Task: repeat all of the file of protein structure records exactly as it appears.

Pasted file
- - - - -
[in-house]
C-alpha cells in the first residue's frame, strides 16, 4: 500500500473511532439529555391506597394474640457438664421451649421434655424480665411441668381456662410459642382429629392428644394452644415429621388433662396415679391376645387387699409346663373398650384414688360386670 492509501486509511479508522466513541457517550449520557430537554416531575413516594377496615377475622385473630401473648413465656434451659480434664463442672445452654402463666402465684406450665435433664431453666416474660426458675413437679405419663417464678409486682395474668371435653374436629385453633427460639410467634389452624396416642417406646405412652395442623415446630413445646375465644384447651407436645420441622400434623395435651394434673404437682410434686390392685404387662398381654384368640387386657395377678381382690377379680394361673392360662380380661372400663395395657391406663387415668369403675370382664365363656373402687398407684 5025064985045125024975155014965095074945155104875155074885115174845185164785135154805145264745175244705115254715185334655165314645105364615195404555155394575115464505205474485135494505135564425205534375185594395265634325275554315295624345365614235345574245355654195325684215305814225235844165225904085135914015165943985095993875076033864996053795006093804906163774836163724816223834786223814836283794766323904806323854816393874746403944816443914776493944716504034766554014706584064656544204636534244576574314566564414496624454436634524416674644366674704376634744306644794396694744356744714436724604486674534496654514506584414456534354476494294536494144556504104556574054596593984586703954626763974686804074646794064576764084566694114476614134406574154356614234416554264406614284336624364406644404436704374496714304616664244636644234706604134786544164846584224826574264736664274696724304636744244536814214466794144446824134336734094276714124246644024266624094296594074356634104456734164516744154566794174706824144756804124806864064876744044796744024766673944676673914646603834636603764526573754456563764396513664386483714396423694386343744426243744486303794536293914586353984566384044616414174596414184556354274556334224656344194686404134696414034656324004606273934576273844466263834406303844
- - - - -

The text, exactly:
[in-house]
C-alpha cells in the first residue's frame, strides 16, 4: 500500500473511532439529555391506597394474640457438664421451649421434655424480665411441668381456662410459642382429629392428644394452644415429621388433662396415679391376645387387699409346663373398650384414688360386670 492509501486509511479508522466513541457517550449520557430537554416531575413516594377496615377475622385473630401473648413465656434451659480434664463442672445452654402463666402465684406450665435433664431453666416474660426458675413437679405419663417464678409486682395474668371435653374436629385453633427460639410467634389452624396416642417406646405412652395442623415446630413445646375465644384447651407436645420441622400434623395435651394434673404437682410434686390392685404387662398381654384368640387386657395377678381382690377379680394361673392360662380380661372400663395395657391406663387415668369403675370382664365363656373402687398407684 5025064985045125024975155014965095074945155104875155074885115174845185164785135154805145264745175244705115254715185334655165314645105364615195404555155394575115464505205474485135494505135564425205534375185594395265634325275554315295624345365614235345574245355654195325684215305814225235844165225904085135914015165943985095993875076033864996053795006093804906163774836163724816223834786223814836283794766323904806323854816393874746403944816443914776493944716504034766554014706584064656544204636534244576574314566564414496624454436634524416674644366674704376634744306644794396694744356744714436724604486674534496654514506584414456534354476494294536494144556504104556574054596593984586703954626763974686804074646794064576764084566694114476614134406574154356614234416554264406614284336624364406644404436704374496714304616664244636644234706604134786544164846584224826574264736664274696724304636744244536814214466794144446824134336734094276714124246644024266624094296594074356634104456734164516744154566794174706824144756804124806864064876744044796744024766673944676673914646603834636603764526573754456563764396513664386483714396423694386343744426243744486303794536293914586353984566384044616414174596414184556354274556334224656344194686404134696414034656324004606273934576273844466263834406303844